The ban on commercial evictions may continue through the spring, if Gov. Andrew Cuomo has his way.
The governor announced today that as part of his 2021 State of the State address, he’ll propose legislation extending the moratorium through May 1, along with new protections for renters who are facing financial hardship because of the pandemic.
“The pandemic shouldn’t get in the way of our ability to provide space for our businesses and roofs over our heads,” Cuomo said in a statement.
Cuomo’s last executive order on commercial evictions came in mid-December, when he extended the moratorium through Jan. 31. The governor has extended the ban on commercial evictions multiple times since his initial executive order went into effect last March, but can only do so for a month at a time.
Now, Cuomo wants lawmakers to advance legislation that would put the ban into place until the beginning of May. While details on the legislation were not immediately available, a release from the governor’s office notes that it would apply to tenants who are experiencing hardship because of Covid-19, and not those who are “creating health and safety hazards.”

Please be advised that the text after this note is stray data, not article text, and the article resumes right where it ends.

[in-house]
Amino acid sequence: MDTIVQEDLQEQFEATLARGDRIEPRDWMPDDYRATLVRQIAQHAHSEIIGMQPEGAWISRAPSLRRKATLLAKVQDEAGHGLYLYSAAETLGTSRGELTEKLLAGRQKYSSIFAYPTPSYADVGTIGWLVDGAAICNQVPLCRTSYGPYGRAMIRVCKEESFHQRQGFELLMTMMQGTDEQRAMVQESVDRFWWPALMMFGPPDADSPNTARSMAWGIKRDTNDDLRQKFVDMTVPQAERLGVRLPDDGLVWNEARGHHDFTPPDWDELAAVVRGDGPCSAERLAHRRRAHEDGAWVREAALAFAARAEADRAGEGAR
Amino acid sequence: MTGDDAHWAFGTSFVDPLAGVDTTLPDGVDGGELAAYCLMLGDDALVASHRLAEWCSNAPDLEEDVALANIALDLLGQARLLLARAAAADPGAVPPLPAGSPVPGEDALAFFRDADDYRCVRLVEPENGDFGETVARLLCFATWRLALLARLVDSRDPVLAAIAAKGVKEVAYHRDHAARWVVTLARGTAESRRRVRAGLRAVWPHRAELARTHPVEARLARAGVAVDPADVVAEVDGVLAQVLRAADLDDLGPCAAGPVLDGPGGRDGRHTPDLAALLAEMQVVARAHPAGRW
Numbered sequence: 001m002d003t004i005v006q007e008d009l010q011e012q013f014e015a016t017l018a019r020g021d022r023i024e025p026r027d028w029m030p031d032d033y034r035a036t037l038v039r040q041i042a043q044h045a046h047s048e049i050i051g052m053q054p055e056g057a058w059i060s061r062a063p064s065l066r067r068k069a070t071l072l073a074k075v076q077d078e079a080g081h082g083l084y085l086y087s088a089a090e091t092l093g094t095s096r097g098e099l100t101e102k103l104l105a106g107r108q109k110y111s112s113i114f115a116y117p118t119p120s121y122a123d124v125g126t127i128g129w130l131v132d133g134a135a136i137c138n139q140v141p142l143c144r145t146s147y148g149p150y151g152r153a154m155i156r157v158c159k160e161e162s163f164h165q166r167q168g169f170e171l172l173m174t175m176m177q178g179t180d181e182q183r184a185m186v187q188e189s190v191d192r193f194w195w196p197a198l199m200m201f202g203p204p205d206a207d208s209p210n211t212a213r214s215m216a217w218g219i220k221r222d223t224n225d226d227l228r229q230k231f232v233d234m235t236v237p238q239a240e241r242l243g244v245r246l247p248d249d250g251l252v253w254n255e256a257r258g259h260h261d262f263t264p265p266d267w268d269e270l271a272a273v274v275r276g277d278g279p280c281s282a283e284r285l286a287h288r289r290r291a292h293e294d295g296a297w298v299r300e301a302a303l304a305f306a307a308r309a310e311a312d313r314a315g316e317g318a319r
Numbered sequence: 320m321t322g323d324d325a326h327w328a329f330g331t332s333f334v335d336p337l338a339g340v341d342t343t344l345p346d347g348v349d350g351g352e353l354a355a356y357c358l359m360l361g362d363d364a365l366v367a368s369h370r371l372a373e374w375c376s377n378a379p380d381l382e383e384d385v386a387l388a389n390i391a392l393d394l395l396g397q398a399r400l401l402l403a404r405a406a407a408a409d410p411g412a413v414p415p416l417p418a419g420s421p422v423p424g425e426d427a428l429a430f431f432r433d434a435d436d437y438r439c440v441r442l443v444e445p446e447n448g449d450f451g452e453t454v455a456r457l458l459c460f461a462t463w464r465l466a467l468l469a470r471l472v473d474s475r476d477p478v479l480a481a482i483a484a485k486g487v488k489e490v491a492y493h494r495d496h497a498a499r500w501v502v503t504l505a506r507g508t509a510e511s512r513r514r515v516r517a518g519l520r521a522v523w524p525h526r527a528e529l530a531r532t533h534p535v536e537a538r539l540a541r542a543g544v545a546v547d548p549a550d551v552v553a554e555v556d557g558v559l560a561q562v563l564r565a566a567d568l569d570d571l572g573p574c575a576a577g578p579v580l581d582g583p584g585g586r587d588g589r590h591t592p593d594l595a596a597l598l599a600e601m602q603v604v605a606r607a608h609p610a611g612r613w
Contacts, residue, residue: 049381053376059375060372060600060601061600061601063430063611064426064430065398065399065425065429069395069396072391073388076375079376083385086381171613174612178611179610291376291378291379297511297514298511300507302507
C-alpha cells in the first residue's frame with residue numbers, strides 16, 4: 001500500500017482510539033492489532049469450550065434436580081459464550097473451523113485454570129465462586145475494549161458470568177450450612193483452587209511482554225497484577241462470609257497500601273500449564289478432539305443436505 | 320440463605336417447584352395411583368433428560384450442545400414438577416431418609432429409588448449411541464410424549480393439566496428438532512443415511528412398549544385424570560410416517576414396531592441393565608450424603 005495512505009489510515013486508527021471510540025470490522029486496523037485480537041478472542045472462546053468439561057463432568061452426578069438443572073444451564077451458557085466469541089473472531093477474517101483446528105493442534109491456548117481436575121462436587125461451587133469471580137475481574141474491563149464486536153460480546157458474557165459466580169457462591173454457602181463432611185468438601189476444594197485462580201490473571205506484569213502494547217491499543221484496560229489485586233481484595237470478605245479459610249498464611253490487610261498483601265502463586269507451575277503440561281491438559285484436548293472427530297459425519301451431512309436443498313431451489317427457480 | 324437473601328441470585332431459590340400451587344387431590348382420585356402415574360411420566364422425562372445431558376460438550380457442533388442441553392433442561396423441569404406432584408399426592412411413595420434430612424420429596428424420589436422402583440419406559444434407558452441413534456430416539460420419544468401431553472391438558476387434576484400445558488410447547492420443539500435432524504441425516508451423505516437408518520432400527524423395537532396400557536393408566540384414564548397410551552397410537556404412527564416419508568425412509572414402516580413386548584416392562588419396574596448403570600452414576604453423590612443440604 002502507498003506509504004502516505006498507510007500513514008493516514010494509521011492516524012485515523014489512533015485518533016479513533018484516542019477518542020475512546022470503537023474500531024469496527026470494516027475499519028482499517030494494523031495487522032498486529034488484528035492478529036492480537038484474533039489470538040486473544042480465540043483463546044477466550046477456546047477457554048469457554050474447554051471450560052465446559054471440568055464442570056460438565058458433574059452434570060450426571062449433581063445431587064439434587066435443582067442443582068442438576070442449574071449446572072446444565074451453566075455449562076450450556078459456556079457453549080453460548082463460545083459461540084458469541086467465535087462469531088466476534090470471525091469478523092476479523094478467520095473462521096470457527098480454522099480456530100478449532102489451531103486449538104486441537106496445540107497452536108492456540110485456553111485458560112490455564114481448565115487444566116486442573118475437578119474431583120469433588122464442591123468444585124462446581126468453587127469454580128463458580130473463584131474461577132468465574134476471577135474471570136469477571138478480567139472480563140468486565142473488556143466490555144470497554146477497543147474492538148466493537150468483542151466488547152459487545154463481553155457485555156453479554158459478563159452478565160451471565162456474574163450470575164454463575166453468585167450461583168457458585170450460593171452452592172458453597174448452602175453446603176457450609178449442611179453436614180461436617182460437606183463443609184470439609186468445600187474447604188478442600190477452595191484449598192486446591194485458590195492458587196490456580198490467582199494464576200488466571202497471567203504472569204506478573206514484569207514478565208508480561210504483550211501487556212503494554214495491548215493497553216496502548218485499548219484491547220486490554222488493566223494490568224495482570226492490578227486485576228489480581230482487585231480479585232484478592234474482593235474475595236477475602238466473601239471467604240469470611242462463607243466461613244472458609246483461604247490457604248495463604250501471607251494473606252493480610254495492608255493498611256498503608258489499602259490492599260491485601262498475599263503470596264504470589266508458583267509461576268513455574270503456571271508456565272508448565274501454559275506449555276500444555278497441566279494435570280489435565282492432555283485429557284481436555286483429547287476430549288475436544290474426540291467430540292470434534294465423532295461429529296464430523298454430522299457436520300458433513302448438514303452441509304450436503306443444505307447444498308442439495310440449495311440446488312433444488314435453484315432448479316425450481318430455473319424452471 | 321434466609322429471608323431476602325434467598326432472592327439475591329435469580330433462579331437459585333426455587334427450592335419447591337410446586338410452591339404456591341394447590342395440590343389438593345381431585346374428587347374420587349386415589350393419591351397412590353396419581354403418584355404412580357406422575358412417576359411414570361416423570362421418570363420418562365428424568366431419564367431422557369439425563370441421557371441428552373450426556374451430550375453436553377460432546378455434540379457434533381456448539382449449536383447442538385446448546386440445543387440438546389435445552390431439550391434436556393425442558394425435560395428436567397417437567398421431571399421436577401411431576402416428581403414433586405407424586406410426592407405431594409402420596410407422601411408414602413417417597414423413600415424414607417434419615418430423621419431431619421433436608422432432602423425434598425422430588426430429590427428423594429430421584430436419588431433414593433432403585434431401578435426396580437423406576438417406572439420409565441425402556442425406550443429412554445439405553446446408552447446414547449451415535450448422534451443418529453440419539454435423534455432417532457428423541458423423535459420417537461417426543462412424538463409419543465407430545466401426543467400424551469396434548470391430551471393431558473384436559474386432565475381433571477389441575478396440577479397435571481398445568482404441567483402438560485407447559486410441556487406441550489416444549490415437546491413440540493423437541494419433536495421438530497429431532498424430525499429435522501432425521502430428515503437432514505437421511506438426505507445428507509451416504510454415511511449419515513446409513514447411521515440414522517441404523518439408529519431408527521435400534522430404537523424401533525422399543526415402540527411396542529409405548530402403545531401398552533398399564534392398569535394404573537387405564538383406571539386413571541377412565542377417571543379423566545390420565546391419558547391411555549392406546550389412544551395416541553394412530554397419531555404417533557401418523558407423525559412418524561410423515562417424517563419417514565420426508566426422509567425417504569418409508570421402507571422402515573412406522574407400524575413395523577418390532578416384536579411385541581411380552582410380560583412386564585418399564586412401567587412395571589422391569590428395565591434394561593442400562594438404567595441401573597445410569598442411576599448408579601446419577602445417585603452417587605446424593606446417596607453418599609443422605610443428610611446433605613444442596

In light of the moratorium, some commercial landlords have agreed to payment plans or lease payments based on a percentage of tenants’ income. Others have found ways to circumvent the ban, through a maneuver called self-help evictions.
As part of his planned legislation, the governor also plans to extend the ban on fees for late residential rent payments, and allow tenants to use their security deposit toward rental payments.
The state legislature already codified a ban on residential evictions at the end of December with the passage of the Emergency Eviction and Foreclosure Prevention Act of 2020, which limited evictions and foreclosures on some properties until May 1. The bill allows tenants and landlords the request protection from eviction or foreclosure by filling out a hardship declaration form.
But some have criticized the bill for not providing financial aid to renters or landlords, and its absence of means-testing.